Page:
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It’s a good thing that Congress passed, and President Joe Biden signed, a bill last week to keep the U.S. government funded and operational.
However – and it’s a big however – the spending plans are of such short duration that lawmakers will soon be back to budget brinksmanship in a few weeks.
The continuing resolution that was approved last week funds veterans’ affairs, transportation, energy, housing, and agriculture through Jan. 19 and the rest of government agencies, including the Defense Department, until Feb. 2. After they return from a long Thanksgiving break, lawmakers will again debate longer term spending plans, under the specter of a two-phase shutdown beginning early next year.
This is more like a continuing non-resolution.
As we’ve written before, keeping the federal government operational is one of the most basic jobs of Congress. It is a job they are largely failing at.
Yes, they’ve recently managed to avoid shutdowns, but no significant decisions about spending, or changes in spending, have been made. Instead, lawmakers have largely left government spending on short-term bursts of autopilot, to the frustration of both many far-right Republicans who want deep spending cuts and many Democrats who have spending priorities that have not been addressed.
In addition, last week’s bill, like the one before it, does not include additional funding for Ukraine, which continues to fight to repel a nearly two-year-old Russian invasion. Additional funding for Israel was not included either.
There appears to be waning interest among some lawmakers in appropriating additional money for Ukraine in its fight against the Russian invasion. Likewise, additional funding for Israel, already a large recipient of U.S. financial support, is complicated by the Netanyahu government’s deadly and destructive response to last month’s brutal Hamas terrorist attacks. Further, some Republicans want to pair Israel funding with cuts in funding for the IRS, a position that is likely untenable to Democrats.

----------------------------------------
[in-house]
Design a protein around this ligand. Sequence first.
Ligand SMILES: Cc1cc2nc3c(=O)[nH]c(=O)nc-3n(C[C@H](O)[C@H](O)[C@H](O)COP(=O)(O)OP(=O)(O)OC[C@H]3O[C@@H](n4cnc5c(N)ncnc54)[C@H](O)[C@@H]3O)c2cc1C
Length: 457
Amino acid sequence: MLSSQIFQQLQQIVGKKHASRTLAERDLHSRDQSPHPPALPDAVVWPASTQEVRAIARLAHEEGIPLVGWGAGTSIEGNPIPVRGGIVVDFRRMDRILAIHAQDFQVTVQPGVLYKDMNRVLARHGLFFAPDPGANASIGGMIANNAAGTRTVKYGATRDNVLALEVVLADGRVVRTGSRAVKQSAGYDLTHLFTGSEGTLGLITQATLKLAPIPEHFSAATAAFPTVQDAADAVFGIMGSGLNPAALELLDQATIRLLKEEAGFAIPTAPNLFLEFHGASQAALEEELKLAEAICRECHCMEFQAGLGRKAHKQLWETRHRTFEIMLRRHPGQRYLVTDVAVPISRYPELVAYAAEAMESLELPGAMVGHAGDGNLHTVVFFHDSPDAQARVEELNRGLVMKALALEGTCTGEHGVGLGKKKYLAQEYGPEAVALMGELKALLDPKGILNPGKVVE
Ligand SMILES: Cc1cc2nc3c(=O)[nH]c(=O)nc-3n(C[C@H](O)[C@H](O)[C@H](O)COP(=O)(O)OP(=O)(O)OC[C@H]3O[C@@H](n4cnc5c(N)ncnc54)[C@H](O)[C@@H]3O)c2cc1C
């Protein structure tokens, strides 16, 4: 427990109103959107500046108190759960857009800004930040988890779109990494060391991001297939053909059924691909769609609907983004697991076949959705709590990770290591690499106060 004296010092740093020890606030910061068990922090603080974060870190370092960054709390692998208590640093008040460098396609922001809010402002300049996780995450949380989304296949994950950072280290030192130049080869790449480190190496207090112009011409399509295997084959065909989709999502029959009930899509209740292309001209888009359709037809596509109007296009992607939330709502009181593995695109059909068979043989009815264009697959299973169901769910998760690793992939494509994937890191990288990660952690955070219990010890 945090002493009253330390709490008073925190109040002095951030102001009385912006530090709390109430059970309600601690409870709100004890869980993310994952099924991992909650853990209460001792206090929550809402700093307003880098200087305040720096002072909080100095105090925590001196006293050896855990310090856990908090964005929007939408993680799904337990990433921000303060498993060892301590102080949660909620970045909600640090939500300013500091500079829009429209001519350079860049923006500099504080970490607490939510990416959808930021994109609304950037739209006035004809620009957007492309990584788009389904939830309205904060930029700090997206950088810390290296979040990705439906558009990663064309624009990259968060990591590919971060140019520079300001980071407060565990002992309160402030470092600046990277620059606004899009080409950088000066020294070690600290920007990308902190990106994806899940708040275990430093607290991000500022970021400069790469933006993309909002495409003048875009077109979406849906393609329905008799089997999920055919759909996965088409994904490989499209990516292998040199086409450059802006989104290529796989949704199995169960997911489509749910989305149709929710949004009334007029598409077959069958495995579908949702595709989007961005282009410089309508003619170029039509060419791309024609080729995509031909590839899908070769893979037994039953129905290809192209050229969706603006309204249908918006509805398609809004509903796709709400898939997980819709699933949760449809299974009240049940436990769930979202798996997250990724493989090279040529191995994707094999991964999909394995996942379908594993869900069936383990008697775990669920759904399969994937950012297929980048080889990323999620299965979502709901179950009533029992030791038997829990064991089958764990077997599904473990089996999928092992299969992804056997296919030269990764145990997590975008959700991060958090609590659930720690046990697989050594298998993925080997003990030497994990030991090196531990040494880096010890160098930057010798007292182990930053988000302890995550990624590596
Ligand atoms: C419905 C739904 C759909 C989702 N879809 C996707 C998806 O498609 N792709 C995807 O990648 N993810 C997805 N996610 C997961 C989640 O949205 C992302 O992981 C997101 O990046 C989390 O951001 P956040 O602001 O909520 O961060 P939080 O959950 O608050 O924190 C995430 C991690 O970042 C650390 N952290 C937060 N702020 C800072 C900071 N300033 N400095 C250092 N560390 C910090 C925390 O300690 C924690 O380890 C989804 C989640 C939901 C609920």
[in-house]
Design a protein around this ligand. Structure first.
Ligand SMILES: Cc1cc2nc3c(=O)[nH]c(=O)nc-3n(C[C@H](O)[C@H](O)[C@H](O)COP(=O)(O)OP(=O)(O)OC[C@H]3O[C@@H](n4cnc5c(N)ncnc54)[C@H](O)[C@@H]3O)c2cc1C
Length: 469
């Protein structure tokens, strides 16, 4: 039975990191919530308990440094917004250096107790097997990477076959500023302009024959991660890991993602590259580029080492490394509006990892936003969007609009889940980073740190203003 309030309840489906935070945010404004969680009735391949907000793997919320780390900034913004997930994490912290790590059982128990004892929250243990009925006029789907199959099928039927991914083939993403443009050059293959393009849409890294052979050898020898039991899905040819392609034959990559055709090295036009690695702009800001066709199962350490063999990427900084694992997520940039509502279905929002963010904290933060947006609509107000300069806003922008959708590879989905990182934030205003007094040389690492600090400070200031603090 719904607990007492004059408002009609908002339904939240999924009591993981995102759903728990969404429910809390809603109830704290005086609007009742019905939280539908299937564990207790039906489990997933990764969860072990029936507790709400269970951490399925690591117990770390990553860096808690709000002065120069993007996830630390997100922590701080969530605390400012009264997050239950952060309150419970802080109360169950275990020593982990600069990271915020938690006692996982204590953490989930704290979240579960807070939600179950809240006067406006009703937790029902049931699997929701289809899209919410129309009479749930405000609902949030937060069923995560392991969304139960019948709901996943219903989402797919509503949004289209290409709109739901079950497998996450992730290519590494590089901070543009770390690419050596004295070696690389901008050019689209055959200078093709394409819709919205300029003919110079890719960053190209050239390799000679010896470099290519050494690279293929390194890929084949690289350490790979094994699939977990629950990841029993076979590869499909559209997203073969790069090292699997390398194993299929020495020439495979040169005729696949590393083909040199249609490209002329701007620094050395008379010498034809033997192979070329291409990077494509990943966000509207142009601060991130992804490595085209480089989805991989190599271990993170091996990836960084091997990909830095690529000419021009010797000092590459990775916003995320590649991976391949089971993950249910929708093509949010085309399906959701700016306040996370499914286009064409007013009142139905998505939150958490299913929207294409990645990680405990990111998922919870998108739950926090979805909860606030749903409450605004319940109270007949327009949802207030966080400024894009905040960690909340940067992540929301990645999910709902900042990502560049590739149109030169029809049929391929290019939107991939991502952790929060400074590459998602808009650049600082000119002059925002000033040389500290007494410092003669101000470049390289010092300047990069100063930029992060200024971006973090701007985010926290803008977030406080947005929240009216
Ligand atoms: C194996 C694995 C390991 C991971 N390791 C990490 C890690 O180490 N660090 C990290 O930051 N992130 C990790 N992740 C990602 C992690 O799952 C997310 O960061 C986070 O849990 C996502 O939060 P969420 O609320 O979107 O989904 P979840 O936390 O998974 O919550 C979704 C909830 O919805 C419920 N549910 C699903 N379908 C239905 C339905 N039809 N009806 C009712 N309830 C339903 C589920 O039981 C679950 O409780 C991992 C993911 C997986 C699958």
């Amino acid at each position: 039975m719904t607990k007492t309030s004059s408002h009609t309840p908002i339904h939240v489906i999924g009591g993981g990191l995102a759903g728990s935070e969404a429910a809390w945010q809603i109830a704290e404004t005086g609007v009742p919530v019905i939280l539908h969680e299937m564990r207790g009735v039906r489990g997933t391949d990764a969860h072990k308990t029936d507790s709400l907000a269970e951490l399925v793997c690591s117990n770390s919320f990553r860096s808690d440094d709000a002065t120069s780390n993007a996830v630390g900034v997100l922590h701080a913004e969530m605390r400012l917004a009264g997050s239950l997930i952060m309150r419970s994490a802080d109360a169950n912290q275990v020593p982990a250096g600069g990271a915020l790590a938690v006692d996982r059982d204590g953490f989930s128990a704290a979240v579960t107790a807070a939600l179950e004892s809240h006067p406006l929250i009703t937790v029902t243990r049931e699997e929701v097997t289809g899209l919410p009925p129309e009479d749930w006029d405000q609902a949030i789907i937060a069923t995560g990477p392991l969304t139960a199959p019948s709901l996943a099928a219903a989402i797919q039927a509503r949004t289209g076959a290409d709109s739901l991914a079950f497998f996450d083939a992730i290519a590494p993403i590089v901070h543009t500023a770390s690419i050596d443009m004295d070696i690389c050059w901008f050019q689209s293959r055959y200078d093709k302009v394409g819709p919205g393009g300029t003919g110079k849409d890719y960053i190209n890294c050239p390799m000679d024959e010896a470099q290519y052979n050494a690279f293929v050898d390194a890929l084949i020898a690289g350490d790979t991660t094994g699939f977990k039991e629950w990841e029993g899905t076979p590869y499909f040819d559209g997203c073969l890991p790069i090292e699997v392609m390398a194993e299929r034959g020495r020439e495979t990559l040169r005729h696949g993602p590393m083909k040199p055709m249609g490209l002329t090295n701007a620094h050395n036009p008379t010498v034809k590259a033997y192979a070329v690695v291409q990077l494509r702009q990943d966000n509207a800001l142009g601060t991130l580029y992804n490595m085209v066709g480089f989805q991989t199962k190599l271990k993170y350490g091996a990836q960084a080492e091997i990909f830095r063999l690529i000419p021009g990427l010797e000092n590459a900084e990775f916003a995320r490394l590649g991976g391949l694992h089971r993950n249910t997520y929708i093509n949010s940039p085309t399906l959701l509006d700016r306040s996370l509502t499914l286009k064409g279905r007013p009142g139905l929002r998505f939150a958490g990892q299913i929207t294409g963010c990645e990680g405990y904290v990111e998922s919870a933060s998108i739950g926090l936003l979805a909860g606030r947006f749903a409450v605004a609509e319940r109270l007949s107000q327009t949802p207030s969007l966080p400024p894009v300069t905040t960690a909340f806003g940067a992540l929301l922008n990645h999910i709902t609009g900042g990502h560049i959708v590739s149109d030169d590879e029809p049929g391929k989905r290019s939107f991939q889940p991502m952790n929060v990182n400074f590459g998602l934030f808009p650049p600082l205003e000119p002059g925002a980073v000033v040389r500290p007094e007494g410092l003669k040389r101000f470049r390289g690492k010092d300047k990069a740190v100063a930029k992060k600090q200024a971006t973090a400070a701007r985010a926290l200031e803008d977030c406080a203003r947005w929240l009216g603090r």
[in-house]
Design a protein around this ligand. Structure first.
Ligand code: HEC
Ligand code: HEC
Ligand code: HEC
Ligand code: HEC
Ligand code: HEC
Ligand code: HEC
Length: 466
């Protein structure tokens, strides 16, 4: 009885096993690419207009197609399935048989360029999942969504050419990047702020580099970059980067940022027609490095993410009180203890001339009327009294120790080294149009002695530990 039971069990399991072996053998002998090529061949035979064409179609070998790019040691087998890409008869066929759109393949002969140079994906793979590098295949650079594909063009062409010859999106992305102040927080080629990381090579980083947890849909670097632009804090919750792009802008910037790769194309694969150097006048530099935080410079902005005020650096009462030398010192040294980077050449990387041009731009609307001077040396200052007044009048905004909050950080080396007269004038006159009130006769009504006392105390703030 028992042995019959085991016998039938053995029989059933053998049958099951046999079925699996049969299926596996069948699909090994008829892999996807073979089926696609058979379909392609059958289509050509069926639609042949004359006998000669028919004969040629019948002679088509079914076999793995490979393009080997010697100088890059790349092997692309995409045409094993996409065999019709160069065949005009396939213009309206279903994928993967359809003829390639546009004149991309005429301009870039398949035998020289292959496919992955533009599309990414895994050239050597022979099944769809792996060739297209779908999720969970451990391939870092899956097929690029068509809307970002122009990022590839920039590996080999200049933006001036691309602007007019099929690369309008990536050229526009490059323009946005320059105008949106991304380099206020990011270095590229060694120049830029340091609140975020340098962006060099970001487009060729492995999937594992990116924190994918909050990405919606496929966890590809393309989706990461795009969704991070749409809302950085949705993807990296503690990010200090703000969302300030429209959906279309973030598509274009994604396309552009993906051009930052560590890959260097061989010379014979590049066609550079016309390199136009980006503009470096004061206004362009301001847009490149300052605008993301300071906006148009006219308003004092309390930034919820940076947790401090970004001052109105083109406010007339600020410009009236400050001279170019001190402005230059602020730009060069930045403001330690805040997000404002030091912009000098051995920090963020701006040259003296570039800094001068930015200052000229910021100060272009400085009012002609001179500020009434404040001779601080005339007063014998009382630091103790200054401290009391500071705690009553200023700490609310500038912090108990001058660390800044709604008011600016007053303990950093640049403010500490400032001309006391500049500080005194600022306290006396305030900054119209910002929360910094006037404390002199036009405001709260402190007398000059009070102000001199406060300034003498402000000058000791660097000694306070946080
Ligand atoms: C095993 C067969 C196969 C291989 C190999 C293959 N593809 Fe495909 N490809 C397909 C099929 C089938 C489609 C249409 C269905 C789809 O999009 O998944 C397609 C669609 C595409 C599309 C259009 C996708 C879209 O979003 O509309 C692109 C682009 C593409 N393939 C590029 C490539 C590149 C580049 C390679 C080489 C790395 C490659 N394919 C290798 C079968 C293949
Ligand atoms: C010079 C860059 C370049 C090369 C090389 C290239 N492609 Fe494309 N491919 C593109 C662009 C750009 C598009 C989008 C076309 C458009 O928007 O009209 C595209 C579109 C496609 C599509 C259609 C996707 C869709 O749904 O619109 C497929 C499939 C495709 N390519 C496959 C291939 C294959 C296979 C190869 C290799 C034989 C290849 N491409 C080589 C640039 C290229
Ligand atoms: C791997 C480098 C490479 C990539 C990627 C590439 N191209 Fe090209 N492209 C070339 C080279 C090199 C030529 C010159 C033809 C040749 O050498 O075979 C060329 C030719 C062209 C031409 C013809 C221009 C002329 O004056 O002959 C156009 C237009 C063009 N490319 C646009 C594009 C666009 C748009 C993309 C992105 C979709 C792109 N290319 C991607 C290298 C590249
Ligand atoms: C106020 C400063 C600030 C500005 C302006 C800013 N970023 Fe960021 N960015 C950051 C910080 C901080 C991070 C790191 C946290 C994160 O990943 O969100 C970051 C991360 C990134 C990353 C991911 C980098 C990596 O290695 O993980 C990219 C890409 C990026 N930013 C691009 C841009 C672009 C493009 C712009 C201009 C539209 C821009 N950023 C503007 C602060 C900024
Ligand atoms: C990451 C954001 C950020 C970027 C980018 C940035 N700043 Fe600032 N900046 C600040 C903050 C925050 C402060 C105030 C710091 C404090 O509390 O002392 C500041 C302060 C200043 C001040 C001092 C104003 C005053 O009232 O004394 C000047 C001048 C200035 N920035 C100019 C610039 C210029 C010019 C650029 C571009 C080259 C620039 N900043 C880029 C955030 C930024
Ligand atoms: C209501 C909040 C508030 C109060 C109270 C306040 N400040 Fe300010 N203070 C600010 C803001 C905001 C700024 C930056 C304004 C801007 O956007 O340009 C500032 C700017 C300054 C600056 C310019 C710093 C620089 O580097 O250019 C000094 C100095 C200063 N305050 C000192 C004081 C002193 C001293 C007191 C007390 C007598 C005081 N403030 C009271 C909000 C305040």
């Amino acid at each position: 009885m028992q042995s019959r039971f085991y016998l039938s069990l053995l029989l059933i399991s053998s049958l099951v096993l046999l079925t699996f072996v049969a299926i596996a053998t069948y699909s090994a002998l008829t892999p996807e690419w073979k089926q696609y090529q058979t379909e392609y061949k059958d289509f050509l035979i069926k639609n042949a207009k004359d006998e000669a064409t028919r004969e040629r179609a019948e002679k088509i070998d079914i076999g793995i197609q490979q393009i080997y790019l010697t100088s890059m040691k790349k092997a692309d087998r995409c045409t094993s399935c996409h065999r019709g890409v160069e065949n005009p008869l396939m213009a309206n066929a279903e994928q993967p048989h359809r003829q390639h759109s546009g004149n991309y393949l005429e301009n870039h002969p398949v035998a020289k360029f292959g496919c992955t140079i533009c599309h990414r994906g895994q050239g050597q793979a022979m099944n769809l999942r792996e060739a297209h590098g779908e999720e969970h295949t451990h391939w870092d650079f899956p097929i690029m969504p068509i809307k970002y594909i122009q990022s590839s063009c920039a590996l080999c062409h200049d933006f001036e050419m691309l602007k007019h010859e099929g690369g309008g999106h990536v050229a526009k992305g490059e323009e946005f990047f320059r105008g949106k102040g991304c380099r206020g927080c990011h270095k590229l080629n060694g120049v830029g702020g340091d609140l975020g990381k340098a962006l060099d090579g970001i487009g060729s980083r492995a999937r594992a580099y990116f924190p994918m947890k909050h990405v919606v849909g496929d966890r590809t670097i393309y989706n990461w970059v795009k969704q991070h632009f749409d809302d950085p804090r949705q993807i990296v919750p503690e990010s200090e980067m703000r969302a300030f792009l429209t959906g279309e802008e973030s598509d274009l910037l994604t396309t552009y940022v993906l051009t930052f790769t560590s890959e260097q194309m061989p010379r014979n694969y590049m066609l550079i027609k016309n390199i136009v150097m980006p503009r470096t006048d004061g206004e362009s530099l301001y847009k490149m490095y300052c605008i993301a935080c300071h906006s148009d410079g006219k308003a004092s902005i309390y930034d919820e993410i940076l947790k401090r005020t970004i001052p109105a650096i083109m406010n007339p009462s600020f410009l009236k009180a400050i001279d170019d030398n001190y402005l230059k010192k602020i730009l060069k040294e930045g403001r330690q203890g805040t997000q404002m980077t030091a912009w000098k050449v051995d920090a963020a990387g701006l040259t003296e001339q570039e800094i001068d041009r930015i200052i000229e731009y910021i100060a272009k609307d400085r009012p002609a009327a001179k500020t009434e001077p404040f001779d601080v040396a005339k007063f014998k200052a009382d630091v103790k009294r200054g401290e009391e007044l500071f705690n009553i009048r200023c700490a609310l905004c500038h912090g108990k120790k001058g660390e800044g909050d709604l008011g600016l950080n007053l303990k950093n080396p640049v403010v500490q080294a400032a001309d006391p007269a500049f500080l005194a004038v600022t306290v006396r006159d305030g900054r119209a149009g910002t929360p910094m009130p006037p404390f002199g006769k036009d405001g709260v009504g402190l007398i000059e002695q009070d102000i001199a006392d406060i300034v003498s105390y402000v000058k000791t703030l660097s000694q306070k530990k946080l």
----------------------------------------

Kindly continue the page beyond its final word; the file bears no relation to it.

It is also worth noting that the budget plan, put forward by new House Speaker Mike Johnson, R-Louisiana, only passed because most Democrats in the House supported it. Ninety-three House Republicans voted against it. Some Republicans voted against it because it did not contain spending cuts and no additional spending on border security, which had been priorities of the right-wing group that led the ouster of former House Speaker Kevin McCarthy after he secured a deal to avoid a government shutdown in September.
After last Tuesday’s House vote, Johnson said that lawmakers were tired and needed to “cool off” and to “reset” He noted that lawmakers had been in session for 10 straight weeks.
In most jobs, people don’t get more than a week off every 10 weeks, but we hope lawmakers enjoy their break and come back ready to do the hard job of actually working together to pass longer-term comprehensive spending bills.
The Senate can lead by example. Its Appropriations Committee, with Sen. Susan Collins as vice chair, has passed 12 funding bills, on a bipartisan basis with seven of them receiving unanimous votes. Three of those bills have been passed by the full Senate, also on a bipartisan basis.
Congress has a lot of work to do when it resumes next week. Passing funding bills, not continuing non-resolutions, should be at the top of the priority list.